I love chicken wings.
Back in the day when calories and health consciousness didn’t count in my little bubble in Champaign, IL, we ate wings like it was our job. A little joint called White Horse Inn served 10 cent wings with $5 pitchers of beer on Sundays. So for a mere $17 (tip your waiters, people) four college students could occupy themselves for an hour for the low low price of $4.25 each. $5.75 if we drank two pitchers.
Those were the days when math was important, and the quarters in our couch cushions actually meant something.
White Horse made wings simply – just fried them up and tossed them in Franks hot sauce – but their schtick was the bed on which the wings were placed. They lined the plastic serving baskets with seasoned, cooked potato wedges to soak up the sauce. This was also back when potatoes counted as a healthy vegetable and starch all in one for highly effective nutrition. Win, win, win.
My senior year I received a beautiful invitation in calligraphy inviting my family to the Chancellor’s estate for tea in the afternoon after graduation. My mom was thrilled. “The chancellor’s home? What an honor! What will I wear? I can’t wait!” But come time for the event, all I could think about was ditching my cap, gown, dress, and heels, throwing on some shorts and a tank, and heading out to spend one final romp with my friends. “Mom – change in plans. We’re going to White Horse for wings and beer.”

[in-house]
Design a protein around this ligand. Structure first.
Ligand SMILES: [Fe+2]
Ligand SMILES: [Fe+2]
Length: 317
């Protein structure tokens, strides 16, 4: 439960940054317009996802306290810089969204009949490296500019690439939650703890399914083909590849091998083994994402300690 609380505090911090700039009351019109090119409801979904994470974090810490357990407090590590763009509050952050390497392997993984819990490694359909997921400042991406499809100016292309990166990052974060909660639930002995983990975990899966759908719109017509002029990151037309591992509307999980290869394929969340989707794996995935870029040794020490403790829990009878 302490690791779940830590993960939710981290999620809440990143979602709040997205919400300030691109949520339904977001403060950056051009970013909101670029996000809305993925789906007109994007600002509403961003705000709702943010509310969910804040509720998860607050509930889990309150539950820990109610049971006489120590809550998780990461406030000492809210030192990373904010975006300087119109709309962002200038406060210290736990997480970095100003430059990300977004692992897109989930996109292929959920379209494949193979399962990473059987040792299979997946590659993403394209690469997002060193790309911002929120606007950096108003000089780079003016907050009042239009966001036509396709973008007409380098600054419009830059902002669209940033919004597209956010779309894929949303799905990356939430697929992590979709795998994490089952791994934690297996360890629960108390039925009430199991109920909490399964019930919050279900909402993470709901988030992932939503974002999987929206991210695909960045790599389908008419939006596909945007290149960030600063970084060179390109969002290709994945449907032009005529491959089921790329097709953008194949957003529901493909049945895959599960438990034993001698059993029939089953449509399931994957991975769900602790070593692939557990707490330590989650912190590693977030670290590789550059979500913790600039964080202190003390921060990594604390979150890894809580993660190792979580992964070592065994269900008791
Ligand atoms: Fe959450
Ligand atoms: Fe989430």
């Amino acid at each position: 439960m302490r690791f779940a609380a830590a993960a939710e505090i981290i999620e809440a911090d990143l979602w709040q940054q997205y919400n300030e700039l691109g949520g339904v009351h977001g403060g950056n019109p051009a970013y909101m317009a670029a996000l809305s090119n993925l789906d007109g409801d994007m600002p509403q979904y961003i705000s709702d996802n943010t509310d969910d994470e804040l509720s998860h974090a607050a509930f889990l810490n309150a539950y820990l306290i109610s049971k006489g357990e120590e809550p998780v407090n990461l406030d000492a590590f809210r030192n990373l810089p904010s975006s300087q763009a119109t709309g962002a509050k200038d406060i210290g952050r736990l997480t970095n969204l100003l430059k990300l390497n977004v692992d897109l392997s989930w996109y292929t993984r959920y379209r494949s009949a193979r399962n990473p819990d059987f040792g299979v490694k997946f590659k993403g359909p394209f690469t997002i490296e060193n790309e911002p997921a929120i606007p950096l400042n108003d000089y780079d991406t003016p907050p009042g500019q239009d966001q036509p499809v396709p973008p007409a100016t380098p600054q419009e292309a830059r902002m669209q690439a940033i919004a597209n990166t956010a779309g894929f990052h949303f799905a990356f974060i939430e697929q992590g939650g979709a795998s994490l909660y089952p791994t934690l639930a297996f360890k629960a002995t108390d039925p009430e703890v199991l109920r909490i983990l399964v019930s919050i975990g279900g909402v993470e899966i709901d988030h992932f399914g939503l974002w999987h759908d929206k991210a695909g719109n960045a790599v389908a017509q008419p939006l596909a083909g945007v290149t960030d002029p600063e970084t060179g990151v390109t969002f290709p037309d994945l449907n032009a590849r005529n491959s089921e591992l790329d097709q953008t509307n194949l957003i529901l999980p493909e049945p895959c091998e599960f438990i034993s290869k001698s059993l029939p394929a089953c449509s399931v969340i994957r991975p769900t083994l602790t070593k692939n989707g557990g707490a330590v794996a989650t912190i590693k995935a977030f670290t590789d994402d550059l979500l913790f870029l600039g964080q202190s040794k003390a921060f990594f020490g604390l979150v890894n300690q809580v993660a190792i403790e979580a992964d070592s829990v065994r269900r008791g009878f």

“Aw. Are you sure? You’ll never get this opportunity again.”
“I’m sure, Mom. We won’t know a soul at the Chancellor’s house. I don’t even know his name! It’s going to be stuffy and uncomfortable. I’d rather be with my friends eating one last batch of hot wings and drinking one last vat of bad beer.”
My bestie and her brother joined us. So did Mr. Musky, and a giant handful of good friends. Hands down, that night at that bar is one of my best memories of University of Illinois. We ordered 200 wings. Dad said, “No way. They’ll never finish them.” Later, with his mouth agape, he watched Bubba eat the final wing. We all had a blast, rocked out to Pearl Jam, and I can say with 100% confidence it beat tea and crumpets any day of the week.